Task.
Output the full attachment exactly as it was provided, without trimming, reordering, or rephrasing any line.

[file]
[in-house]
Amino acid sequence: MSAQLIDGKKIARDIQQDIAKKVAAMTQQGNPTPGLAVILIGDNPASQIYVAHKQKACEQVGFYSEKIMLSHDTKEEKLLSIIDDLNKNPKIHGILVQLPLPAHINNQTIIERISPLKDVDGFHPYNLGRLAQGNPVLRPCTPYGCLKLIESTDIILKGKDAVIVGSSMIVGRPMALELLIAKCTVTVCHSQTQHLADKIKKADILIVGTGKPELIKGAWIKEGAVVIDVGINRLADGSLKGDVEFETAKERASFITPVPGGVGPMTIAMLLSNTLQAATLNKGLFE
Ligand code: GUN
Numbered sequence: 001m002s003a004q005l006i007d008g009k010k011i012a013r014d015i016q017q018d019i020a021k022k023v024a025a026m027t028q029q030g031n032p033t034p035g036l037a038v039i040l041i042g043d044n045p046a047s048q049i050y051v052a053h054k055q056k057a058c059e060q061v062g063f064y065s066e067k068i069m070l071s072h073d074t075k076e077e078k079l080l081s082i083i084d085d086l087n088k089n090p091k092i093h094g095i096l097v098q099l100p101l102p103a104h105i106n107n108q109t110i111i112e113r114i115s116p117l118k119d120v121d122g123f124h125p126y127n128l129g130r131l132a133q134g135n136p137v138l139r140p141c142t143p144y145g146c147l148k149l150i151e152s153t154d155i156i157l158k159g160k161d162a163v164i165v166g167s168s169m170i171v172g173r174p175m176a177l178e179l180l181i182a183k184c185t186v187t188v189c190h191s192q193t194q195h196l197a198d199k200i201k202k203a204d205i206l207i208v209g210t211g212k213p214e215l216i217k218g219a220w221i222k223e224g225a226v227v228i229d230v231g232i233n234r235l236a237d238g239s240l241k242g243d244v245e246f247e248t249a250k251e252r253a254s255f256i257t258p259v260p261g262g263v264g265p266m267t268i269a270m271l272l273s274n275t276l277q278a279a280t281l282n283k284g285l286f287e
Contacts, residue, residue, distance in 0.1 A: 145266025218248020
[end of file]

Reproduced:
[in-house]
Amino acid sequence: MSAQLIDGKKIARDIQQDIAKKVAAMTQQGNPTPGLAVILIGDNPASQIYVAHKQKACEQVGFYSEKIMLSHDTKEEKLLSIIDDLNKNPKIHGILVQLPLPAHINNQTIIERISPLKDVDGFHPYNLGRLAQGNPVLRPCTPYGCLKLIESTDIILKGKDAVIVGSSMIVGRPMALELLIAKCTVTVCHSQTQHLADKIKKADILIVGTGKPELIKGAWIKEGAVVIDVGINRLADGSLKGDVEFETAKERASFITPVPGGVGPMTIAMLLSNTLQAATLNKGLFE
Ligand code: GUN
Numbered sequence: 001m002s003a004q005l006i007d008g009k010k011i012a013r014d015i016q017q018d019i020a021k022k023v024a025a026m027t028q029q030g031n032p033t034p035g036l037a038v039i040l041i042g043d044n045p046a047s048q049i050y051v052a053h054k055q056k057a058c059e060q061v062g063f064y065s066e067k068i069m070l071s072h073d074t075k076e077e078k079l080l081s082i083i084d085d086l087n088k089n090p091k092i093h094g095i096l097v098q099l100p101l102p103a104h105i106n107n108q109t110i111i112e113r114i115s116p117l118k119d120v121d122g123f124h125p126y127n128l129g130r131l132a133q134g135n136p137v138l139r140p141c142t143p144y145g146c147l148k149l150i151e152s153t154d155i156i157l158k159g160k161d162a163v164i165v166g167s168s169m170i171v172g173r174p175m176a177l178e179l180l181i182a183k184c185t186v187t188v189c190h191s192q193t194q195h196l197a198d199k200i201k202k203a204d205i206l207i208v209g210t211g212k213p214e215l216i217k218g219a220w221i222k223e224g225a226v227v228i229d230v231g232i233n234r235l236a237d238g239s240l241k242g243d244v245e246f247e248t249a250k251e252r253a254s255f256i257t258p259v260p261g262g263v264g265p266m267t268i269a270m271l272l273s274n275t276l277q278a279a280t281l282n283k284g285l286f287e
Contacts, residue, residue, distance in 0.1 A: 145266025218248020